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David Baxter

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Music therapy may ease depression
January 25, 2008

Therapist may be able to use music to help some patients fight depression and improve, restore and maintain their health, states a Systematic Review from The Cochrane Library.

About 121 million people world-wide are believed to suffer from depression. This can be seen in disturbed appetite, sleep patterns and overall functioning as well as leading to low self-esteem and feelings of worthlessness and guilt. It can lead to suicide and is associated with 1 million deaths a year.

Drugs and psychotherapy are common treatments, but Cochrane researchers set out to see whether there was evidence that music therapy could deliver benefits.

After searching the international literature, they identified five studies which met their criteria. Four of these reported greater reduction in symptoms of depression among people who had been given music therapy than those who had been randomly assigned to a therapy group that did not involve music. The fifth study, however, did not find this effect.

"While the evidence came from a few small studies, it suggests that this is an area that is well worth further investigation and, if the use of music therapy is supported by future trials, we need to find out which forms have greatest effect," says lead author Anna Maratos, an Arts Therapist who works in the Central and Northwest London Foundation NHS Trust, London, UK.

"The current studies indicate that music therapy may be able to improve mood and has low drop-out rates," says Maratos.

"It is important to note that at the moment there are only a small number of relatively low quality studies in this area, and we will only be able to be confident about the effectiveness of music therapy once some high quality trials have been conducted," she added.

Source: Maratos AS, Gold C, Wang X, Crawford MJ. Music therapy for depression. Cochrane Database Syst Rev. 2008;1:CD004517. doi:10.1002/14651858.CD004517.pub2. [Full text]
 
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from personal experience i can say music played an important part in my recovery. it distracts the brain from doing all the negative rumination.
 

Daniel

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Biased Emotional Preferences in Depression
Music and Medicine Journal
April 2011

Abstract:

Depression is a highly prevalent mood disorder, which has been associated with low levels of energetic arousal, delays in approach and avoidance processes, and problems expressing and regulating negative emotions such as anger. We designed a novel experiment to test the hypothesis that depressed patients' preferences for emotional stimuli also demonstrate this tendency. To investigate how depressed patients differ in their preferences for music excerpts, both healthy (n = 30) and depressed (n = 79) participants were presented with 2 sets of 30 musical excerpts that represented the basic emotions (anger, sadness, and happiness), as well as different points on the 2-dimensional model of emotions (valence and energetic arousal). Depressed patients were found to dislike music that was highly energetic, arousing, or angry, which is assumed to be related to their problems with emotion regulation. The present study has practical implications for the use of music and music therapy in the treatment of depression.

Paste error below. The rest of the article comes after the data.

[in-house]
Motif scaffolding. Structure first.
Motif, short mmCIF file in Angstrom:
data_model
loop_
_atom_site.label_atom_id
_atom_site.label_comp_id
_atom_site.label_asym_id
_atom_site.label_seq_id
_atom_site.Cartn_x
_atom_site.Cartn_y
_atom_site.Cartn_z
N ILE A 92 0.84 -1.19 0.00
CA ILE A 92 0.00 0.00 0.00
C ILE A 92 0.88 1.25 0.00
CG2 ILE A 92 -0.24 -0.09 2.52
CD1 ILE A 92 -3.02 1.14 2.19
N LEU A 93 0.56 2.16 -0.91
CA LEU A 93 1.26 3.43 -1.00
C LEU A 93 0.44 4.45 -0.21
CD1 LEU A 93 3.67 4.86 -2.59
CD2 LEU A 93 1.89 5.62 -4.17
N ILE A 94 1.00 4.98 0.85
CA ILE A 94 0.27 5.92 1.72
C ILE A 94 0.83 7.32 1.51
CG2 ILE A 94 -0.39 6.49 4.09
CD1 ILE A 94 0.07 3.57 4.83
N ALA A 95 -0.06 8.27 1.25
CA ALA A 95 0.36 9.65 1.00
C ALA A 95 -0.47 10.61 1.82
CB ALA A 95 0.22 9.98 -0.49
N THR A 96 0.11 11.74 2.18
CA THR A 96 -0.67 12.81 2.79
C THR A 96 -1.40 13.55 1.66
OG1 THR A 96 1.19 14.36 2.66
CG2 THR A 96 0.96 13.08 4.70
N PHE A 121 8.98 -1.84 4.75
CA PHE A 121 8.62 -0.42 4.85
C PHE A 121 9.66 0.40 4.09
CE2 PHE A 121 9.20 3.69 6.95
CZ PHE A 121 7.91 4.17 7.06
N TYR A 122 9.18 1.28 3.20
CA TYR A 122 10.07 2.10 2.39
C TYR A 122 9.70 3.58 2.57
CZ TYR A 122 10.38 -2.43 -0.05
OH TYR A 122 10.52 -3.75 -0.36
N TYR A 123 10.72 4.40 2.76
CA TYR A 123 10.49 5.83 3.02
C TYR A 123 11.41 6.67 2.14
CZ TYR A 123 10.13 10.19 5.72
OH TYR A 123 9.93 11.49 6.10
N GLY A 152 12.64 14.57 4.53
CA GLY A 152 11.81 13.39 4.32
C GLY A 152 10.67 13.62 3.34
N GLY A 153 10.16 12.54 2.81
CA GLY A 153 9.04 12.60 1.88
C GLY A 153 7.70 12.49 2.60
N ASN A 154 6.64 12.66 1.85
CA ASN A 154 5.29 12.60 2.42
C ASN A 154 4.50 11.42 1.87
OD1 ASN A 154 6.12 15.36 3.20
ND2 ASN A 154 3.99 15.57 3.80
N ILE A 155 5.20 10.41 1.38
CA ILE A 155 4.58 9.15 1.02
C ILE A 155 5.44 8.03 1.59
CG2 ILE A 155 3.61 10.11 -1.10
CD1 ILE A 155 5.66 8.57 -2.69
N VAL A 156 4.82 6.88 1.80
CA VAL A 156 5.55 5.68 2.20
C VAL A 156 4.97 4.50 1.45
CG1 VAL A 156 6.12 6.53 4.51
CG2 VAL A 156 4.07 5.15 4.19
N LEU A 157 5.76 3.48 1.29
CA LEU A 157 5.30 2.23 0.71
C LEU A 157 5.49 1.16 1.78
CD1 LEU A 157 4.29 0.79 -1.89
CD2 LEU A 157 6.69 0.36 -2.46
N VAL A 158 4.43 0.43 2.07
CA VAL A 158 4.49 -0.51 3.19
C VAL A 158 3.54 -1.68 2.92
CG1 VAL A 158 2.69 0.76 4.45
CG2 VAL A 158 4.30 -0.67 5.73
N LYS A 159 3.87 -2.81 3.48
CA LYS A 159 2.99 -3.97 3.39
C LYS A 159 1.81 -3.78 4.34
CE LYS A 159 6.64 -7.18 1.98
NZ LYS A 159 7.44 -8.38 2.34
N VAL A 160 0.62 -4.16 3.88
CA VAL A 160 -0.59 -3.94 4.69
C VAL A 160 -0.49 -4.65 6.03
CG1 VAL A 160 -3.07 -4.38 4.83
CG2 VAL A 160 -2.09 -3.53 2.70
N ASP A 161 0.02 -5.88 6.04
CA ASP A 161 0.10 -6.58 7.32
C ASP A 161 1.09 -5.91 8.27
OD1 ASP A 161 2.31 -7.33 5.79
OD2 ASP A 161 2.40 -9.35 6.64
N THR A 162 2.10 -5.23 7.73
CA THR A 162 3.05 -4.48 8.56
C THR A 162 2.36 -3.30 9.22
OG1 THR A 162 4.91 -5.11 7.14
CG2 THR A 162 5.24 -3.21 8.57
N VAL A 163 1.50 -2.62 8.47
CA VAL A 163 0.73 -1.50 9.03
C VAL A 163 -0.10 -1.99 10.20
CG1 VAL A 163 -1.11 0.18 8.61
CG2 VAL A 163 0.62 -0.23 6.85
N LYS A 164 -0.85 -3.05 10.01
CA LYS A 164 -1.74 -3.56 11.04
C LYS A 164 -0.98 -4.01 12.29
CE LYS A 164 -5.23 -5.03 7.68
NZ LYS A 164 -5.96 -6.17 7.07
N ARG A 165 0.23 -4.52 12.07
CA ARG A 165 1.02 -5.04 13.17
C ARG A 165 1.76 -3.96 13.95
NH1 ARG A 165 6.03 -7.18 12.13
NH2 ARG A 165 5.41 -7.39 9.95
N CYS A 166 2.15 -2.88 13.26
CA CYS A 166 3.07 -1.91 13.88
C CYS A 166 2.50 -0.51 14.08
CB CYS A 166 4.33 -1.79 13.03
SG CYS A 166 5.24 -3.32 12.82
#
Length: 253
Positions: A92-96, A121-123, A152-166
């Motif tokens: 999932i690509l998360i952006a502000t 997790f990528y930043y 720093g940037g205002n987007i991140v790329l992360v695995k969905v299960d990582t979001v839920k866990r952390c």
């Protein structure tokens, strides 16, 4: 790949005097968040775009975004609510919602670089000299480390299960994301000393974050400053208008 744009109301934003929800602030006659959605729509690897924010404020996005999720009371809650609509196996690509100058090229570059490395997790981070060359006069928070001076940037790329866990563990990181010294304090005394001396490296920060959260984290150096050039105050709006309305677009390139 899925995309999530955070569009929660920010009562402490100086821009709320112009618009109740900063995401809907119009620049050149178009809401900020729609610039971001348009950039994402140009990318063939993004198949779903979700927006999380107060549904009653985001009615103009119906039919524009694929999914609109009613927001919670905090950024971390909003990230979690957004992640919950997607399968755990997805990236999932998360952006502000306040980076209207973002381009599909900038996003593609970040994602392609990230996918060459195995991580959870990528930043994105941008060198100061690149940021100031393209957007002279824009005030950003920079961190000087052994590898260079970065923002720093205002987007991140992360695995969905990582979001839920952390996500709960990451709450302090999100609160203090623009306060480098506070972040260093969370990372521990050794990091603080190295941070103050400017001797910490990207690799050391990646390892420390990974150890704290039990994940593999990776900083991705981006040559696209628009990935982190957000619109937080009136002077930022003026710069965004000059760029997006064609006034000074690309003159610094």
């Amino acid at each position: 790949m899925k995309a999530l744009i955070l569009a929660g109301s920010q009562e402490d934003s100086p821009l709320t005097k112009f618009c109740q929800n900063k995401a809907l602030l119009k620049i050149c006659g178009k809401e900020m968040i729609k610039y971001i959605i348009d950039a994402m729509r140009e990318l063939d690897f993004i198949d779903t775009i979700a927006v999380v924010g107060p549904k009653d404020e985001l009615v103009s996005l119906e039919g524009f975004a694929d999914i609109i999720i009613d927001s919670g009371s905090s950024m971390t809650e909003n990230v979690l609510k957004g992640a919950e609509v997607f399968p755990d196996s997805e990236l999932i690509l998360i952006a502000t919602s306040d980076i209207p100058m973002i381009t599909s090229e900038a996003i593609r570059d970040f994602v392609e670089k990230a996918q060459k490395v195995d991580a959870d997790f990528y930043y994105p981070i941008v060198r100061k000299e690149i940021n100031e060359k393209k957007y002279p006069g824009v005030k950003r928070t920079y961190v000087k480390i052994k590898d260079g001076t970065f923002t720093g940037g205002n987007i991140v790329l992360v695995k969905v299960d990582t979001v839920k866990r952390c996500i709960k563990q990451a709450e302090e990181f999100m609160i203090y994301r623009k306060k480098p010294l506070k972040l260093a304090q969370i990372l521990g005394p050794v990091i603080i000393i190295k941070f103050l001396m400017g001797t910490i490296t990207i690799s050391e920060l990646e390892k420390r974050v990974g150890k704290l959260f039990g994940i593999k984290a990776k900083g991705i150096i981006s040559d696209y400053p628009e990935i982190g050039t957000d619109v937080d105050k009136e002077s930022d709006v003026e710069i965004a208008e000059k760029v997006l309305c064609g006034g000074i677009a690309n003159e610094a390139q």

Discussion:

...Why might depressed patients dislike music with high energetic arousal? One symptom of depression is a lack of energy (see eg, Beck Depression Inventory), which has been related to problems of energy management in depression. A dysfunction in optimal energy management (homeostasis) has been linked to hypoactivation in the left frontal and hyperactivation in the right frontal lobes of depressed patients. Left forebrain activity has been associated with physical and mental energy enrichment and correlates with social engagement, whereas right forebrain activity has been associated with physical and mental energy expenditure, and correlates with depression. In the current study, we used music examples that exhibited high energetic arousal, but which were neutral concerning valence and tension. In other words, it is the high level of energy in particular that depressed patients disliked. High energetic arousal has been associated to approach motivation and behavior. In depression, this system is impaired, and depressed patients suffer from a loss of physical and mental energy. Therefore, it is understandable that depressed patients might not prefer stimuli with a high energetic arousal, because it is the opposite to their own physical and mental state and challenges their dysfunctional energy management system.

...Music is a powerful mood inducer, and there is evidence that it improves depressed patients’ clinical state and mood, and even attenuates frontal EEG asymmetry in depressed adolescents. Our findings concerning depressed patients’ dislike of examples that manifest high energetic arousal and anger could be used systematically in music therapy practice...This would gradually help the depressed patients to learn to use more beneficial emotion regulation strategies such as reappraisal and self-disclosure.
 
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I definitely find music very therapeutic. It also helps me paint, or do my housework. I've even recently downloaded relaxation breathing techniques from iTunes, which is more instructional, though. I'm a bit out of practice.
 

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